The U.S Department of State Supports three pioneering Faculty Outreach projects

By Ad Lane

Maya Feb visit to archives
Maya February visit to Archives

In a rapidly globalizing world, one emerging issue for many anthropologists is the disappearance of culture. Here at UNC, Dr. Patricia McAnany and Dr. Gabrielle Vail, are using funding, education, and their expertise as researchers of Maya heritage to fight this trend. Their collaborations is supported through InHerit, a non-profit organization ran from here in UNC’s Alumni Hall which “celebrates indigenous heritage through progressive collaborations that educate and advocate for native languages, traditions, and the rights of local communities to manage and conserve the material remains of the past.”

 

This year, they are running an ambitious international project that links Morganton, NC, an area with a particularly high Maya population, and Yucatan, Mexico. InHerit is reconnecting modern high-school youth with their Maya ancestry using a combination of archival research, student-driven projects and workshops, and cross-cultural exchange programs. Maya SHC visit-5

The project, which is currently funded for one year by a grant from the US Department of State through a program administered by the American Alliance of Museums has seen massive support locally and the hope is that it can become an ongoing resource for Morganton’s Maya students and potentially beyond. It has also built a productive relationship between the Department and UNC’s renowned Southern Historical Collection. Currently, InHerit is finalizing a student-curated exhibit, “Revitalizing Maya History and Heritage: Our View from the Archives”, which will be open to the public at Wilson Library on April 13th from 11:00am to 5:00pm. For more information on InHerit, visit In-herit.org.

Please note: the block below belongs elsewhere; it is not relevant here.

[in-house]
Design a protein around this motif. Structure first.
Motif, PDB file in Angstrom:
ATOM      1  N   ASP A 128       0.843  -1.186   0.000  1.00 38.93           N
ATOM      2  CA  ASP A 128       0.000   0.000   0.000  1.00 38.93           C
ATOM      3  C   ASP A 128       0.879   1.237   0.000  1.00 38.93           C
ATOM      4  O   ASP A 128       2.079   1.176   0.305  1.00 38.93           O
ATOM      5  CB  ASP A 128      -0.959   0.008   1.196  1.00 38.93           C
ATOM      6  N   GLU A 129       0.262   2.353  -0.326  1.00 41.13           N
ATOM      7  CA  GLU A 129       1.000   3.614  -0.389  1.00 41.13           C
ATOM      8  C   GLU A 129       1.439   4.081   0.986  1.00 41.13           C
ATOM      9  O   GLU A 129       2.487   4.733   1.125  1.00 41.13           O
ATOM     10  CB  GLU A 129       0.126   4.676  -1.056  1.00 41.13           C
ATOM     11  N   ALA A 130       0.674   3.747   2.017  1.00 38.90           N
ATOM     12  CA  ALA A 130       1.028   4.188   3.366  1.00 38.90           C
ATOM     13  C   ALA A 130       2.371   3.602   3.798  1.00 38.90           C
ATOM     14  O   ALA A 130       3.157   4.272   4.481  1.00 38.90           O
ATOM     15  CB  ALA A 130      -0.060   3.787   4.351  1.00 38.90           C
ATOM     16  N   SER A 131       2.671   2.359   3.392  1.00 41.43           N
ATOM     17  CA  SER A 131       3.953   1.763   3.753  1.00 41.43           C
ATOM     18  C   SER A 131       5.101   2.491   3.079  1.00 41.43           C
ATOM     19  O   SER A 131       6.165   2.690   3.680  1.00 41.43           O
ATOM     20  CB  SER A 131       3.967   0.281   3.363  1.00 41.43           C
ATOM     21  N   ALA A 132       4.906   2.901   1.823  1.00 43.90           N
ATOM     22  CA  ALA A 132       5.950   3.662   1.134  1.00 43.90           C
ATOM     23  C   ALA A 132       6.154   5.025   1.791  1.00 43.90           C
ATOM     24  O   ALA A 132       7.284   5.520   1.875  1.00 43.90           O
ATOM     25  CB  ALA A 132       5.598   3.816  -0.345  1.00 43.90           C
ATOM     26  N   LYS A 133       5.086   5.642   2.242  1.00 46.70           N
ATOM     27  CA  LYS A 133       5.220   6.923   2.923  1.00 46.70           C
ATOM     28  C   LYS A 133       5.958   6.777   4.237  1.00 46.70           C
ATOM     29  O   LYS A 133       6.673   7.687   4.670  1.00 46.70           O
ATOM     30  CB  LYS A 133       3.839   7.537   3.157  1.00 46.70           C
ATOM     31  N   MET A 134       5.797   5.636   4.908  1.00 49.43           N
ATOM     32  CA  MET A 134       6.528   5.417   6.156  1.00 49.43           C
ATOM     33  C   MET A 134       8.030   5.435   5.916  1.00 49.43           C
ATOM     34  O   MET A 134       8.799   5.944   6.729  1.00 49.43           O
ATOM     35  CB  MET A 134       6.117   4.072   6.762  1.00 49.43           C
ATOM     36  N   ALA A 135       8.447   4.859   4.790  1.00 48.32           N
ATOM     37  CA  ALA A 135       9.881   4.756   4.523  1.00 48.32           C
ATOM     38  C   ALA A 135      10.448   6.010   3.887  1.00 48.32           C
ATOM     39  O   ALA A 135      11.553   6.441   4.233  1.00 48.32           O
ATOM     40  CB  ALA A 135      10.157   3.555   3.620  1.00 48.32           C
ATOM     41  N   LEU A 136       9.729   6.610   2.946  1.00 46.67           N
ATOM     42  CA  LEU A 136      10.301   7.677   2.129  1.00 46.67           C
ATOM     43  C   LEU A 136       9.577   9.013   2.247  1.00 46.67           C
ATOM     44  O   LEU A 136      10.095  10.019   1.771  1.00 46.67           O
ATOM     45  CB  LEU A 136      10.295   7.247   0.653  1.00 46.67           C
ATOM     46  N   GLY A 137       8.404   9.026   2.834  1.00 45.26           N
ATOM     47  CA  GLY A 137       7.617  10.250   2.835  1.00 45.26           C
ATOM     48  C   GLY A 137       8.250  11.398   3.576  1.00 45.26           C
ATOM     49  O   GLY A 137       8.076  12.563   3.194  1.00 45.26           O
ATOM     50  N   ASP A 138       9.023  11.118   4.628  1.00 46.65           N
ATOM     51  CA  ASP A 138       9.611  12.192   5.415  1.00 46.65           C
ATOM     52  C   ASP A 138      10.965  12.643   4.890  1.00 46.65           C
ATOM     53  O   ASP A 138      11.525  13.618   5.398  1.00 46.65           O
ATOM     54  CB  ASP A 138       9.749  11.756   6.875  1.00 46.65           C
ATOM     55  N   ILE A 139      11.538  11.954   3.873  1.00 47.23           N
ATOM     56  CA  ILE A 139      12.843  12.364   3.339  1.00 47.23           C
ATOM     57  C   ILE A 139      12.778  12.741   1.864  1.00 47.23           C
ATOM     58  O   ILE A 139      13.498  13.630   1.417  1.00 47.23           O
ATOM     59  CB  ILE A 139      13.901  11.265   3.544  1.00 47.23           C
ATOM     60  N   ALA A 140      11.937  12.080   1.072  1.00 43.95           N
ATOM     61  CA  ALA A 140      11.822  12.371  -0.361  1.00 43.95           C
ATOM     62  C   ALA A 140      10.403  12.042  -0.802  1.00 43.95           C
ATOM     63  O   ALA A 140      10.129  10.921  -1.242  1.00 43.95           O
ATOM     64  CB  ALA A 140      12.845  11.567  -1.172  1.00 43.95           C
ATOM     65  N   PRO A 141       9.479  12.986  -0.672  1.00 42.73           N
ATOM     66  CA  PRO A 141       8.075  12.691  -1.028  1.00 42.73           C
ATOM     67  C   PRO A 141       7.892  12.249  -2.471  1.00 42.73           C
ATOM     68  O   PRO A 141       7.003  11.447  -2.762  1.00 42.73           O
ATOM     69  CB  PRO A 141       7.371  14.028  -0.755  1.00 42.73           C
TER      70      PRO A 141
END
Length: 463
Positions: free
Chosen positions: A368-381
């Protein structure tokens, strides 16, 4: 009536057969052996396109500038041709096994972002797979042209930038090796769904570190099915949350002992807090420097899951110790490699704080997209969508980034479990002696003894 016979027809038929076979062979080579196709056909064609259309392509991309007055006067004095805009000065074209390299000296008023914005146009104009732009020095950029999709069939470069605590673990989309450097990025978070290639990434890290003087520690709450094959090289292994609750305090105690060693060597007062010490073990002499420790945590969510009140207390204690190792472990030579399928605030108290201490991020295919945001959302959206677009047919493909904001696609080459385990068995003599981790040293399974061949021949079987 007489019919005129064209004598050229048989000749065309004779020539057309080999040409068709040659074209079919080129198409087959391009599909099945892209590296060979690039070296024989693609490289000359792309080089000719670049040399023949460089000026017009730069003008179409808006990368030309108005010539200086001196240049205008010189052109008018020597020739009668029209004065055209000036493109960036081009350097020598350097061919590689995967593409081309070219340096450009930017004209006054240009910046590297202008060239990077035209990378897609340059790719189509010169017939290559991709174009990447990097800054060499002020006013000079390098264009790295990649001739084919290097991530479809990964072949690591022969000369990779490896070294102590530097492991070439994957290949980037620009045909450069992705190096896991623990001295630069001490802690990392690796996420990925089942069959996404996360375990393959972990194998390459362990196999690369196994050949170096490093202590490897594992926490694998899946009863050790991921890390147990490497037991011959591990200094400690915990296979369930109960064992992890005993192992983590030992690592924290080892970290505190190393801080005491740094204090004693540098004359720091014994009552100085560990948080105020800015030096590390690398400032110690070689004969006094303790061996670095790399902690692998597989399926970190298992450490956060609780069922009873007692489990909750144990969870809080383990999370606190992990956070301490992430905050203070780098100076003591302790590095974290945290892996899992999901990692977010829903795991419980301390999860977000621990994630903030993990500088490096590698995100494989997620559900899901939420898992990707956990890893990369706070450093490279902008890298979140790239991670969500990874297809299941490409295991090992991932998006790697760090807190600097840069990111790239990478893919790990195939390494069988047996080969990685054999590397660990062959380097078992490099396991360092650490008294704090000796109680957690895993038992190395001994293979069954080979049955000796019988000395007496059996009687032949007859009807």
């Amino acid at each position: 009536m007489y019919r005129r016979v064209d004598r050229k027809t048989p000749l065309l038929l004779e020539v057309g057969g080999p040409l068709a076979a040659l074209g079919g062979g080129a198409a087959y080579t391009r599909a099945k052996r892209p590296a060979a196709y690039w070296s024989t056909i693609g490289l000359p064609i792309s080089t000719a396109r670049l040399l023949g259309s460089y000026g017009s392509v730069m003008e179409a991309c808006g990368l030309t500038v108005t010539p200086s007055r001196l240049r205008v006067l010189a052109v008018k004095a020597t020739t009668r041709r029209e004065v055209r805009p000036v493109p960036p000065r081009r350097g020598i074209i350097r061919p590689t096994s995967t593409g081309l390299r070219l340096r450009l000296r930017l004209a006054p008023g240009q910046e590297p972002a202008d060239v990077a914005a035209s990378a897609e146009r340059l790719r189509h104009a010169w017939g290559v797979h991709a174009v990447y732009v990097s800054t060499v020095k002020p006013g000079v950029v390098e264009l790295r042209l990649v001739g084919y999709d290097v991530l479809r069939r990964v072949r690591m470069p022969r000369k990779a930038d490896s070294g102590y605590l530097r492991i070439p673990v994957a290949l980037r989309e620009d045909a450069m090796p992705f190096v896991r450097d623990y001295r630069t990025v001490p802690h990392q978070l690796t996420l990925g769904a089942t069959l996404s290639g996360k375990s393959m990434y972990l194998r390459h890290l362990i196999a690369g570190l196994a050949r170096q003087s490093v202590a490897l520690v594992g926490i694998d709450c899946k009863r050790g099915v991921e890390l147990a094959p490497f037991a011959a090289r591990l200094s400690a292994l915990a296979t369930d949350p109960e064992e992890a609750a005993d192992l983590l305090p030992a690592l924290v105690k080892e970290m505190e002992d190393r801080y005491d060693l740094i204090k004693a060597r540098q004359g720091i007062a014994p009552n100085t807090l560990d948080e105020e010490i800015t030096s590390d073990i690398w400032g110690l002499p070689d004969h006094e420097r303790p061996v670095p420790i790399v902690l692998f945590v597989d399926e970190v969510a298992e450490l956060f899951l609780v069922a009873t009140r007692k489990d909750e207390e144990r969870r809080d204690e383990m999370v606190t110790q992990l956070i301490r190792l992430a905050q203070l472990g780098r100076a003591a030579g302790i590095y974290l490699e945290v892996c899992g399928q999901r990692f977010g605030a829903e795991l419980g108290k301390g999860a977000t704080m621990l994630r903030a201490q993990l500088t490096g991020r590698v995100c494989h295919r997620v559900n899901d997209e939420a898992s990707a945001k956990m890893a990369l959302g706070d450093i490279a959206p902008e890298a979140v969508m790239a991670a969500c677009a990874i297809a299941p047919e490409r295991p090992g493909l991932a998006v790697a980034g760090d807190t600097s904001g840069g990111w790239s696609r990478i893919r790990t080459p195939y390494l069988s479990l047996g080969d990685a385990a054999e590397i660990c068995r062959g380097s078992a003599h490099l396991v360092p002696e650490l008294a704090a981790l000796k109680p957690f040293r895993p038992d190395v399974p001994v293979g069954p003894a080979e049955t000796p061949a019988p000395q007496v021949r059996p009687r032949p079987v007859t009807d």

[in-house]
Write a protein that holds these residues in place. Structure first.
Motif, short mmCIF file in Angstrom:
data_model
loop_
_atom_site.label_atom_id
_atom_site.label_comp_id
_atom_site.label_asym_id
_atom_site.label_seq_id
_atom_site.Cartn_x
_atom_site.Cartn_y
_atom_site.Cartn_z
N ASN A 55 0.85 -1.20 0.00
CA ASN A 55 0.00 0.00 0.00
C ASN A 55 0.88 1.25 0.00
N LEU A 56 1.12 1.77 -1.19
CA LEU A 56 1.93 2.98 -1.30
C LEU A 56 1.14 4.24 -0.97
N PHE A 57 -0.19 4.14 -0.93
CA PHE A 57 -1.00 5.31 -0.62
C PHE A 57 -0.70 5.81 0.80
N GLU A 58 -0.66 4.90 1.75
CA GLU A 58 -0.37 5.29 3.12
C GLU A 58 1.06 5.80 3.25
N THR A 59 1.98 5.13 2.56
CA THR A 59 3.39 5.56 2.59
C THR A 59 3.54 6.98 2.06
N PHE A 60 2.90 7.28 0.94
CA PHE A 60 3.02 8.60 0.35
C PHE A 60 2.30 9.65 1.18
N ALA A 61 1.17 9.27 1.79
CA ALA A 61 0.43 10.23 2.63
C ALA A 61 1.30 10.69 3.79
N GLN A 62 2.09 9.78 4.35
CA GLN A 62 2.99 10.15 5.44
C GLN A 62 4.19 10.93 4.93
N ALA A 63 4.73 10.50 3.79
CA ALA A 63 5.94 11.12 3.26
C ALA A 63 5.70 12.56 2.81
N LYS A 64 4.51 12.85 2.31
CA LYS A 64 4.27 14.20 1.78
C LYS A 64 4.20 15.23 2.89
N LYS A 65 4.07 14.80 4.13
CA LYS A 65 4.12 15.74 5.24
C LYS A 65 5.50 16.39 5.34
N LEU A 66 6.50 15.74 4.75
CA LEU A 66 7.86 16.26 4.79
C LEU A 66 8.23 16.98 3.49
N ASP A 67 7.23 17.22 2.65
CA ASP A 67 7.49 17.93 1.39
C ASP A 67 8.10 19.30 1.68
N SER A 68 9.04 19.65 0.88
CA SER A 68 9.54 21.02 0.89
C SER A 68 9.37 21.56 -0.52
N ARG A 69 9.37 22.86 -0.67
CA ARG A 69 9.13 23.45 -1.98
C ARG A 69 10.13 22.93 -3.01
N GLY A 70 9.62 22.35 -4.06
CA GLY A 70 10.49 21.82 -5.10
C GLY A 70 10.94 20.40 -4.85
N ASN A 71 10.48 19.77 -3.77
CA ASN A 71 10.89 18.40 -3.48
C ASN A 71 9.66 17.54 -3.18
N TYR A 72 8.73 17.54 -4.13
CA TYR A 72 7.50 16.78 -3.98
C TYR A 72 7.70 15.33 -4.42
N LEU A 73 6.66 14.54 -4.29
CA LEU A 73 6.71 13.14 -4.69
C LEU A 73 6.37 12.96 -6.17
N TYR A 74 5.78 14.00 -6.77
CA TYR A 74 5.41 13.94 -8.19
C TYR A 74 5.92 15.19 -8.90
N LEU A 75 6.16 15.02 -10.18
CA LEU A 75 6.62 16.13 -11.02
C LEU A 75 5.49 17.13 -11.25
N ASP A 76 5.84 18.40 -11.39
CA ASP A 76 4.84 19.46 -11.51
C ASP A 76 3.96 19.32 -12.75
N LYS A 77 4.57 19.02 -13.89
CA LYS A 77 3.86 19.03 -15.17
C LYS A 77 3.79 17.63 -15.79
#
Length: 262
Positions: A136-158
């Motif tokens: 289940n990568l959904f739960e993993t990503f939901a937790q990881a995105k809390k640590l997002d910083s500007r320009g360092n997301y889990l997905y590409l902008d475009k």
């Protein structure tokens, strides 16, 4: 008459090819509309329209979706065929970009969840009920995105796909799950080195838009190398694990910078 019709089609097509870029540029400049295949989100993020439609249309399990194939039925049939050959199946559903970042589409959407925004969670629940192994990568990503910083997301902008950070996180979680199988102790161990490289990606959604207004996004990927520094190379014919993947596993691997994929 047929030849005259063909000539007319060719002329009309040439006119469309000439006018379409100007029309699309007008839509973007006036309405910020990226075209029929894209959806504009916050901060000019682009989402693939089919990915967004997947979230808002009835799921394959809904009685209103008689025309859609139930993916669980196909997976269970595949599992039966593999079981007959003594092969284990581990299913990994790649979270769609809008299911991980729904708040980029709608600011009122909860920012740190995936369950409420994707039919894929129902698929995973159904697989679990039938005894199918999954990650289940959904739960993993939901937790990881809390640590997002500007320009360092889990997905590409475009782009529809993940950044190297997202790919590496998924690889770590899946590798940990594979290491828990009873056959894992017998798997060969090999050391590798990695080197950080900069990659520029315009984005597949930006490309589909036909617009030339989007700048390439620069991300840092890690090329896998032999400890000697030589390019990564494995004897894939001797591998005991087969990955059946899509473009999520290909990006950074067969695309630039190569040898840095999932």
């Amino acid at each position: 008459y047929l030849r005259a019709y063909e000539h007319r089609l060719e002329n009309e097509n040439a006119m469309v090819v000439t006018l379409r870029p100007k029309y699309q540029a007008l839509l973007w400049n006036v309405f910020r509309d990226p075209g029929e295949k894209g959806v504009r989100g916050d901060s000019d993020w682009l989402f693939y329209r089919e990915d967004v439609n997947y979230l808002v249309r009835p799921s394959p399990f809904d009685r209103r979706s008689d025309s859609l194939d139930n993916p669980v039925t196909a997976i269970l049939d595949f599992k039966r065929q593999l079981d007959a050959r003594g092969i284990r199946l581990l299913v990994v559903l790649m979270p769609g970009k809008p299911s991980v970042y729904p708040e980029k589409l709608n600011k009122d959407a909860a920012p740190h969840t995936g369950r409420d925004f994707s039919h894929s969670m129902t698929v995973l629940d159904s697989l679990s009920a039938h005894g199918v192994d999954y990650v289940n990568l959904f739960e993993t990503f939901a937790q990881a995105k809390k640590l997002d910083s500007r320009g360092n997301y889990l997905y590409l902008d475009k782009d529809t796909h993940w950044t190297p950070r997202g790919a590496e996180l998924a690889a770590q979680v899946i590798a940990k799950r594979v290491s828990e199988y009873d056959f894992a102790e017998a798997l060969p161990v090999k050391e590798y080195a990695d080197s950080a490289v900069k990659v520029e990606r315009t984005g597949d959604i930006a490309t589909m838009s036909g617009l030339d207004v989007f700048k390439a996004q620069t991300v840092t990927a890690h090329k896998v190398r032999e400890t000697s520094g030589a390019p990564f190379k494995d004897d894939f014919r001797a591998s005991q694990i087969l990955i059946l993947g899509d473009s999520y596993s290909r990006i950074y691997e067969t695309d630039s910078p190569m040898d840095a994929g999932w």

State Department funding also is being used to create opportunities for undergraduate students to participate in the ground-breaking research carried out by Professor Michele Rivkin-Fish who directs the program in Medical Anthropology. She has long investigated women’s health issues in Russia, especially changing attitudes towards contraception, abortion, and women’s rights.

Michele captureDr Rivkin-Fish has collaborated with a Russian colleague on a State Department “Peer-to-Peer Award” for a project entitled “Increasing Public Awareness about Inequality in Children’s Lives.” The goal is to promote dialogue between child welfare professionals in Russia and the United States. Upon receiving the grant, Dr Rivkin Fish developed a course called ANTH 248: Anthropology and the Public Interest. In the Spring 2017, she led students enrolled in the class through investigation and discussion of the effects of poverty, immigration and consumerism on children. Their efforts are culminating in a participatory exhibition and a conference via Skype with their partners in St Petersburg.

In a third State Department project, the current chair of Anthropology, Dr. Colloredo-Mansfeld is leading an exchange among

The Museum of the Imbabura Textile Factory (Atuntaqui, Ecuador) with sculpture made from dismantled electric looms
The Museum of the Imbabura Textile Factory (Atuntaqui, Ecuador) with sculpture made from dismantled electric looms

heritage professionals in North Carolina and Ecuador that focuses on the cultural legacy of industrial textile manufacturing. With pilot funding from the US Embassy in Quito, he will host a delegation from the Museum of the Imbabura Textile Factory in May 2017. They will visit the UNC Campus, Rocky Mount, Saxapahaw, and Star NC to see the way small towns and cities in North Carolina have used old textile mills as new cultural spaces. In June, a group from North Carolina, including two teachers from Rocky Mount will visit the factory and museum in Ecuador.